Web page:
Skip to main content

National Institute Of Houseworkers

Volume 463: debated on Tuesday 29 March 1949

The text on this page has been created from Hansard archive content, it may contain typographical errors.


asked the Minister of Labour what number of students during 1948 attended training centres established by the National Institute of Houseworkers; what was the average cost per student per month; and what was the total cost of the institute to public funds.

Two hundred and eighty-nine. The average cost per student per month was £27 for an adult and £23 for a younger girl. These figures include rental or equivalent capital charges, the cost of maintenance allowances, and in the great majority of cases board and lodging. The total cost of the Institute to public funds during 1948 was approximately £105,000, including approximately £41,000 on capital assets, mainly premises, and £31,000 running costs of the Institute's Headquarters.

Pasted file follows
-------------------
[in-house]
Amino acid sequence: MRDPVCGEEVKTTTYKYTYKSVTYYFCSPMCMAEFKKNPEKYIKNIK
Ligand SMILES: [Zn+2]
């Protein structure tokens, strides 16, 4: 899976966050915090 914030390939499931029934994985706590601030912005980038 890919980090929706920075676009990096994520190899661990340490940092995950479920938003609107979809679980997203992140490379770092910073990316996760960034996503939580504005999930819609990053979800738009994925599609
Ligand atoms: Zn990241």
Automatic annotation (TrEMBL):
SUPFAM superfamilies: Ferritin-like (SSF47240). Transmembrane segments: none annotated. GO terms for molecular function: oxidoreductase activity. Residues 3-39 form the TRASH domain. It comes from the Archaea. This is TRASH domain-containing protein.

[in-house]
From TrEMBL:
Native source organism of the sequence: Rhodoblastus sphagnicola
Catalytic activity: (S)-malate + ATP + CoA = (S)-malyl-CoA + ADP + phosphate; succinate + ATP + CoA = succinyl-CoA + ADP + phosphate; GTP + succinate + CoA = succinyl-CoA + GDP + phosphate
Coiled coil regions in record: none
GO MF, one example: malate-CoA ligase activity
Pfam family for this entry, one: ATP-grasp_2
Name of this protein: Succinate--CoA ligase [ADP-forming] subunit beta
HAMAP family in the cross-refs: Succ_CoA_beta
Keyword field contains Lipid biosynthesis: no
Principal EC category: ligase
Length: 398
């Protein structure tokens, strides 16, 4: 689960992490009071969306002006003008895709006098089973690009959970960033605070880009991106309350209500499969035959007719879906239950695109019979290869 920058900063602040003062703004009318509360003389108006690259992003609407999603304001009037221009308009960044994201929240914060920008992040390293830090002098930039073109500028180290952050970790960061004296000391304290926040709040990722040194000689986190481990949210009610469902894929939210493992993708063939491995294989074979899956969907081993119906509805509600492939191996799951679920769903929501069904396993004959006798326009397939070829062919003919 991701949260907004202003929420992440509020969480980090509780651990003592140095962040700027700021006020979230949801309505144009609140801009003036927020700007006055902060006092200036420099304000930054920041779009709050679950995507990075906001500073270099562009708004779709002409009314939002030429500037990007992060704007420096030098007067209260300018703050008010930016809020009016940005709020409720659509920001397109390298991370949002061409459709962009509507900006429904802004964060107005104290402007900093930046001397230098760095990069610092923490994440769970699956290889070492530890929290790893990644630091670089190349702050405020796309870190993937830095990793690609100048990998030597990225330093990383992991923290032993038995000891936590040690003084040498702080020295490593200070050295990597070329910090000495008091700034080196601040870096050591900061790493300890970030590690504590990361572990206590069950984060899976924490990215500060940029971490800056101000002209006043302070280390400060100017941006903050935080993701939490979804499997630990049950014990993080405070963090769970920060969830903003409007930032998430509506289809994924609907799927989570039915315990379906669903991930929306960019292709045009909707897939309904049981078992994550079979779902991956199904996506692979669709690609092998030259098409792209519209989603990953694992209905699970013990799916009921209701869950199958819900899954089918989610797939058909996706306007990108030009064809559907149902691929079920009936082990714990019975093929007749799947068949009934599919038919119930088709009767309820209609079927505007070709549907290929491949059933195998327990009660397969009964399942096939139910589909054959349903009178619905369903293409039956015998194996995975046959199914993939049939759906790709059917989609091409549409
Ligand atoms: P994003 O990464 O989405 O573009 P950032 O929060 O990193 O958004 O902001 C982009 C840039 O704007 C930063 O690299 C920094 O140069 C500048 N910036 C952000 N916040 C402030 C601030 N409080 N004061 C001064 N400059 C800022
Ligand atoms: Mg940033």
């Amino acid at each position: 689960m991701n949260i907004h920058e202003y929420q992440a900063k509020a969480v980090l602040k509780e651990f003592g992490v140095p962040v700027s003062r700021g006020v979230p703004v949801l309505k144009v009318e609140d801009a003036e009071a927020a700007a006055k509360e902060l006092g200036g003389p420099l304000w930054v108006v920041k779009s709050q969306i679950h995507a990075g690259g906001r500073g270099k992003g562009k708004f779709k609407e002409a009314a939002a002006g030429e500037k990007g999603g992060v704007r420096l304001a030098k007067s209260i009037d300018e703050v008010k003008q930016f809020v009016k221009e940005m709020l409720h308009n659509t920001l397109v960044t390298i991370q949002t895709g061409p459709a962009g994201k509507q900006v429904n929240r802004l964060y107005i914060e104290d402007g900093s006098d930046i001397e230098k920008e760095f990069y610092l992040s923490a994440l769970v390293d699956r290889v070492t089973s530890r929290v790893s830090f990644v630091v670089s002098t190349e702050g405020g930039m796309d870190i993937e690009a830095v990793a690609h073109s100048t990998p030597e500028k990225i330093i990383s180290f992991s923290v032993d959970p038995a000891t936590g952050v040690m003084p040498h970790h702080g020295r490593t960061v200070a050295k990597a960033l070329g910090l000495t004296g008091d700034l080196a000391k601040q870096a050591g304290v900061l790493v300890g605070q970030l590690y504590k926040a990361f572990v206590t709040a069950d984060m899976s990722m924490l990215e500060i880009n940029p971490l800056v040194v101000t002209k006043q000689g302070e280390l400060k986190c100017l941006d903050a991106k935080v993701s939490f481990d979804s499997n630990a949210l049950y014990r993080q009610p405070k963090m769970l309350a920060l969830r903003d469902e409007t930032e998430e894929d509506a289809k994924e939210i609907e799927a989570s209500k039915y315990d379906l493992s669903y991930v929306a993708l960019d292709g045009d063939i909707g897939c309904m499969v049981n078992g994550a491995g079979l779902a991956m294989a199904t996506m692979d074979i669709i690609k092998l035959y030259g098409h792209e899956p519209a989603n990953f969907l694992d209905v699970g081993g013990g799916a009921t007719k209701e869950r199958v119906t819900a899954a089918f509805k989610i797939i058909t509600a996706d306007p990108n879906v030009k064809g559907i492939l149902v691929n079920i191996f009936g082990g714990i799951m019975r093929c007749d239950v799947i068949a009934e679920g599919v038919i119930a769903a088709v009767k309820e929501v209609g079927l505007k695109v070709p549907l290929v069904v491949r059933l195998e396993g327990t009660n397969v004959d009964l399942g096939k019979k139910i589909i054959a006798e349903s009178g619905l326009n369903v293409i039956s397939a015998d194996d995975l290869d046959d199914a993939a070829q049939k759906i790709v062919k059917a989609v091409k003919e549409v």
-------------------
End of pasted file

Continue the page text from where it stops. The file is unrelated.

As this institute was started in June, 1946, is not it time it showed better value for money?

We cannot get the finished products at the beginning of the course. We have to wait until they have finished training. I would emphasise that this institute is having the effect of raising the status of those employed in this kind of work. Instead of being what was commonly termed in the old days a "skivvy," they are coming out as people ready for employment which should be recognised as worthy of the highest possible regard.

Is the Minister aware that a cheaper and more efficient way of training these students would be to attach them to the household of a selected efficient housewife, when they would learn the practical household duties.

It is quite the contrary. It is because that kind of training was found to be insufficient that this institute was started.

Is my right hon. Friend aware that it is as important to train properly for housework, as for any other profession for which training is given by the Government?